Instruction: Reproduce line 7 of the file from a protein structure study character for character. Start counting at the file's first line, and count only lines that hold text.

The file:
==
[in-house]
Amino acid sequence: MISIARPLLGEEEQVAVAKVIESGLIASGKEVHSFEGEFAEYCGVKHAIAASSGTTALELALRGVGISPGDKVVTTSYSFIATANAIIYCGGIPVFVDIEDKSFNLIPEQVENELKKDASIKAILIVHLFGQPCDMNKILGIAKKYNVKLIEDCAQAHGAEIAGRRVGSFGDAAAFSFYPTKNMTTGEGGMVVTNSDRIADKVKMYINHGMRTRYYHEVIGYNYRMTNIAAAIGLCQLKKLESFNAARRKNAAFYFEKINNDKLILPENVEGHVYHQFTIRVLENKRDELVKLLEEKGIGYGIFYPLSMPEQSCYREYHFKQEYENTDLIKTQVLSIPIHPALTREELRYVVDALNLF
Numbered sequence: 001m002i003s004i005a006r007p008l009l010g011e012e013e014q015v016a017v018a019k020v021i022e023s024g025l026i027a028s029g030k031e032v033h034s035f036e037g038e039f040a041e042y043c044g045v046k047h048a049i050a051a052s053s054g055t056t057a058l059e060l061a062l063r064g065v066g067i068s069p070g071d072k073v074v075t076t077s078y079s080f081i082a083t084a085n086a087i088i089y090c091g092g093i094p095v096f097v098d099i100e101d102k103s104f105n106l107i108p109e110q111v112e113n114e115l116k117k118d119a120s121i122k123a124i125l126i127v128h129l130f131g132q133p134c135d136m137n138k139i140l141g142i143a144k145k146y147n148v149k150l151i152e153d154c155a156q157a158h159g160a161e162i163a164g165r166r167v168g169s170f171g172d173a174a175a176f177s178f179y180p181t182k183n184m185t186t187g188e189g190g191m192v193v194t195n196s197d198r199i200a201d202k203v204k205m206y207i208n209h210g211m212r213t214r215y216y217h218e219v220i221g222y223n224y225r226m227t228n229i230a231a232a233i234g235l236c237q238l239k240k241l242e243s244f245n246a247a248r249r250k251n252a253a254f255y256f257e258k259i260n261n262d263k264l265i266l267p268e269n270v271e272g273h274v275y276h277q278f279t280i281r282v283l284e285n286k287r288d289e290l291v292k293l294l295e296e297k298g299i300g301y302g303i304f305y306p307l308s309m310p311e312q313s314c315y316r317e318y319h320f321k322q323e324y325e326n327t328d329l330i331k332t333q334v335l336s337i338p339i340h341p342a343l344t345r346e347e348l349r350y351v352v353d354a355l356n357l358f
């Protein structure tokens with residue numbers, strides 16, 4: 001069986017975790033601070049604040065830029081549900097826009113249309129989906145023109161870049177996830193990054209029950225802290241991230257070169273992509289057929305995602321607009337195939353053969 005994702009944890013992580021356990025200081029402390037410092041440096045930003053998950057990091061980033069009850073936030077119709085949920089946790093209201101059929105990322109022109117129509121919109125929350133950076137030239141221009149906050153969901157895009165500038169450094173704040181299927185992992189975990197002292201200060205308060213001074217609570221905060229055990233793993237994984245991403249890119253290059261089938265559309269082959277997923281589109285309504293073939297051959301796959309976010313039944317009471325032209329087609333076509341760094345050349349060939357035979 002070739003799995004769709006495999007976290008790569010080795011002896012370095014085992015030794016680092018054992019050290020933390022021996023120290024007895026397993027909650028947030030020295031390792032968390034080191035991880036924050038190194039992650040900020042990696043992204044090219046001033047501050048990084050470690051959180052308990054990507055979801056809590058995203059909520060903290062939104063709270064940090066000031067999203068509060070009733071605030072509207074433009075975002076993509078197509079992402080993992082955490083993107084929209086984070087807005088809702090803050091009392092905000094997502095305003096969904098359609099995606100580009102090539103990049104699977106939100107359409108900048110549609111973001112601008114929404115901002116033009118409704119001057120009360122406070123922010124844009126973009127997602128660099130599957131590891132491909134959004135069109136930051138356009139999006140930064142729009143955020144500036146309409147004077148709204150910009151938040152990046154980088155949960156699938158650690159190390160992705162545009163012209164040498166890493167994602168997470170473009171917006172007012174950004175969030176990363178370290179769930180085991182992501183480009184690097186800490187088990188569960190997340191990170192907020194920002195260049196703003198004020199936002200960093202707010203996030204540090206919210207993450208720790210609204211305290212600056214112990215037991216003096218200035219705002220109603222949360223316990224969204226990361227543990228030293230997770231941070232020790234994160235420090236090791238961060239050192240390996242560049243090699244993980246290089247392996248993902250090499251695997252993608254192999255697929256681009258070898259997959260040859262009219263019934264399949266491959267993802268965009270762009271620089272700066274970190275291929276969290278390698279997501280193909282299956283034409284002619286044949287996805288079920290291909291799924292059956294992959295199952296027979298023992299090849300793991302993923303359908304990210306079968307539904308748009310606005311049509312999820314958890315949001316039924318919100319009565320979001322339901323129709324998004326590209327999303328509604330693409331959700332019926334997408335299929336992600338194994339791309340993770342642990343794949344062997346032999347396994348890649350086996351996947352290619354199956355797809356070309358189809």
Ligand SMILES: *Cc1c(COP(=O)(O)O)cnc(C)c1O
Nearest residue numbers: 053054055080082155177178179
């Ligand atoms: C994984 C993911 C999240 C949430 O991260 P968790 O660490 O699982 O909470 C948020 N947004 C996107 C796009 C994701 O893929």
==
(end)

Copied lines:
């Ligand atoms: C994984 C993911 C999240 C949430 O991260 P968790 O660490 O699982 O909470 C948020 N947004 C996107 C796009 C994701 O893929």